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J Palliat Care. 2019 Jan 13:825859718816073. doi: 10.1177/0825859718816073. [Epub ahead of print]

Observational Pain Assessment Instruments for Use With Nonverbal Patients at the End-of-life: A Systematic Review.

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1 Faculty of Nursing, Université Laval, Quebec City, Quebec, Canada.
2 Quebec Heart and Lung Institute Research Center, Quebec City, Quebec, Canada.
3 Faculty of Pharmacy, Université Laval, Québec City, Quebec, Canada.
4 Université du Québec en Abitibi-Témiscamingue, Rouyn-Noranda, Quebec, Canada.
5 Ingram School of Nursing, McGill University, Montreal, Quebec, Canada.
6 Centre de recherche du centre hospitalier universitaire de Québec-Université Laval, Quebec City, Quebec, Canada.



To review studies pertaining to the reliability and validity of observational pain assessment tools for use with nonverbal patients at the end-of-life, a field of research not documented by previous systematic reviews.


Databases (PubMed, Embase, Epistemonikos, the Cochrane Library, and CINAHL) were systematically searched for studies from study inception to February 21, 2016 (update in May 9, 2018). Two independent reviewers screened study titles, abstracts, and full texts according to inclusion and exclusion criteria. Disagreements were resolved through consensus. Reviewers also extracted the psychometrics properties of studies of observational pain assessment instruments dedicated to a noncommunicative population in palliative care or at the end-of-life. A comprehensive quality assessment was conducted using the COnsensus-based Standards for the selection of health Measurement INstruments (COSMIN) to derive poor, fair, good or excellent ratings for the psychometric tests reported in each study.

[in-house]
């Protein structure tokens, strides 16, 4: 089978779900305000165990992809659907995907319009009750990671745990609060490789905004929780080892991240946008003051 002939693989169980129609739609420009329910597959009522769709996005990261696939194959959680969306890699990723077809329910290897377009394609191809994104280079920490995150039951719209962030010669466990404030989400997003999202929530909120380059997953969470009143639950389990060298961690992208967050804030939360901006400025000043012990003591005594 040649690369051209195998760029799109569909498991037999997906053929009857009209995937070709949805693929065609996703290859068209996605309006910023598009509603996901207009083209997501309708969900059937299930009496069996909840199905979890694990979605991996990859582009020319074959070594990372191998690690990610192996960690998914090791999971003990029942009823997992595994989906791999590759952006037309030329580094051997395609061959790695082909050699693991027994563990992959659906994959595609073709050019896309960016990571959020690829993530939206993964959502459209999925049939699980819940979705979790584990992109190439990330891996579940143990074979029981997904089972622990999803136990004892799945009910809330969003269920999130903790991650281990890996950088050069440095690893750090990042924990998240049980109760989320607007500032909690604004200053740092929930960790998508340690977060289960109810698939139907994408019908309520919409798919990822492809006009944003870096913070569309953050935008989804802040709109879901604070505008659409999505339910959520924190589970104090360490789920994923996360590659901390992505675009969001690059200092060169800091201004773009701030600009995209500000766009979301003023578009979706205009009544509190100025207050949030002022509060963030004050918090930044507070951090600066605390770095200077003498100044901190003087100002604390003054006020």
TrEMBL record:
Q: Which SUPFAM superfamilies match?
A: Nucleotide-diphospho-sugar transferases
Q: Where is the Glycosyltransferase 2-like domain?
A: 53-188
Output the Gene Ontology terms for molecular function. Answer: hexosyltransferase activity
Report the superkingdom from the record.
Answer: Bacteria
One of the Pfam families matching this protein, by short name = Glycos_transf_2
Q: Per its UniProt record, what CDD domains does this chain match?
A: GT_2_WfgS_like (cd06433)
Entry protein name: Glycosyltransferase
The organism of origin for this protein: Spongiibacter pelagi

Four studies linked to 4 different tools met the inclusion criteria. Study populations included dementia, palliative care and severe illness in the context of intensive care. All the studies included in this review obtained poor COSMIN ratings overall.


At this point, it is impossible to recommend any of the tools evaluated given the low number and quality of the studies. Other analyses and studies need to be conducted to develop, adapt, or further validate observational pain instruments for the end-of-life population, regardless of the disease.


COSMIN; end-of-life; nonverbal patients; pain instruments; psychometric properties; systematic review


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